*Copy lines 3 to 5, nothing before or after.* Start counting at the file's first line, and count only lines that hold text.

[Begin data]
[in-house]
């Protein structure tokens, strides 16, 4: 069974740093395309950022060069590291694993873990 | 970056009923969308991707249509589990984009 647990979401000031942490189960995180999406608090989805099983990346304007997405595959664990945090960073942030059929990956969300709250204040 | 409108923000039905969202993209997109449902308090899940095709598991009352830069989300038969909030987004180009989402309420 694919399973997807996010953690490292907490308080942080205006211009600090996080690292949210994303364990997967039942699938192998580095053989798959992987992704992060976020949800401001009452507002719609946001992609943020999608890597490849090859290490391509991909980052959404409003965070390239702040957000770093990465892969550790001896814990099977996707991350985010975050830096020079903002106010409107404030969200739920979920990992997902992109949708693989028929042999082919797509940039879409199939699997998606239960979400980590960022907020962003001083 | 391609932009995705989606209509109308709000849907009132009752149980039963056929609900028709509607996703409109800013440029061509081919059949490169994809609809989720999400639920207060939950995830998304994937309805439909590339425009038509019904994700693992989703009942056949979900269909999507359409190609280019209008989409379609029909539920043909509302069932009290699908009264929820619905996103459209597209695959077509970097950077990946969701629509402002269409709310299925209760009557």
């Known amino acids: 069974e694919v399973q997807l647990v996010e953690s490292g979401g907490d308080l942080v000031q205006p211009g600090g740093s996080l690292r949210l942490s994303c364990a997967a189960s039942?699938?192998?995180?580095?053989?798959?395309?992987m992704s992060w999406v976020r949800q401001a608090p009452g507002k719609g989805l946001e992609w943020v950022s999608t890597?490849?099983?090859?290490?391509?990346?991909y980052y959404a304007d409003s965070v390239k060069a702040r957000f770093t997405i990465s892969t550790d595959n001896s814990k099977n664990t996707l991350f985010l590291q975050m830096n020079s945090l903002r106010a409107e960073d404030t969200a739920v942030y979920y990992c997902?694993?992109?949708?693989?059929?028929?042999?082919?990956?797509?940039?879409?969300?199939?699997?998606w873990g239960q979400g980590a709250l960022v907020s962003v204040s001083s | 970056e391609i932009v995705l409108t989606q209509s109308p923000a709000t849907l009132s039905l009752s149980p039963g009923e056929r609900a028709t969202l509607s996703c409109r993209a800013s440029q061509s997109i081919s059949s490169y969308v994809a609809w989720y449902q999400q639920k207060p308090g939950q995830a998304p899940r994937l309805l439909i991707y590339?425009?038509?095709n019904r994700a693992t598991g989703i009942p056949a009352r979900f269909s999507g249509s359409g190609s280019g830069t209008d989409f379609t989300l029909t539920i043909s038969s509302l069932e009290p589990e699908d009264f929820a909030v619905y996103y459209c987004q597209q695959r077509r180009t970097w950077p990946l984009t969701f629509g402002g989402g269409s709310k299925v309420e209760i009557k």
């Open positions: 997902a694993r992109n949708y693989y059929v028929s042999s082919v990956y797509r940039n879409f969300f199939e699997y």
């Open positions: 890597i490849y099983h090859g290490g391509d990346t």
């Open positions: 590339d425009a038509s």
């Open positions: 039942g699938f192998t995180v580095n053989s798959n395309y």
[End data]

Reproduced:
């Known amino acids: 069974e694919v399973q997807l647990v996010e953690s490292g979401g907490d308080l942080v000031q205006p211009g600090g740093s996080l690292r949210l942490s994303c364990a997967a189960s039942?699938?192998?995180?580095?053989?798959?395309?992987m992704s992060w999406v976020r949800q401001a608090p009452g507002k719609g989805l946001e992609w943020v950022s999608t890597?490849?099983?090859?290490?391509?990346?991909y980052y959404a304007d409003s965070v390239k060069a702040r957000f770093t997405i990465s892969t550790d595959n001896s814990k099977n664990t996707l991350f985010l590291q975050m830096n020079s945090l903002r106010a409107e960073d404030t969200a739920v942030y979920y990992c997902?694993?992109?949708?693989?059929?028929?042999?082919?990956?797509?940039?879409?969300?199939?699997?998606w873990g239960q979400g980590a709250l960022v907020s962003v204040s001083s | 970056e391609i932009v995705l409108t989606q209509s109308p923000a709000t849907l009132s039905l009752s149980p039963g009923e056929r609900a028709t969202l509607s996703c409109r993209a800013s440029q061509s997109i081919s059949s490169y969308v994809a609809w989720y449902q999400q639920k207060p308090g939950q995830a998304p899940r994937l309805l439909i991707y590339?425009?038509?095709n019904r994700a693992t598991g989703i009942p056949a009352r979900f269909s999507g249509s359409g190609s280019g830069t209008d989409f379609t989300l029909t539920i043909s038969s509302l069932e009290p589990e699908d009264f929820a909030v619905y996103y459209c987004q597209q695959r077509r180009t970097w950077p990946l984009t969701f629509g402002g989402g269409s709310k299925v309420e209760i009557k």
């Open positions: 997902a694993r992109n949708y693989y059929v028929s042999s082919v990956y797509r940039n879409f969300f199939e699997y």
């Open positions: 890597i490849y099983h090859g290490g391509d990346t």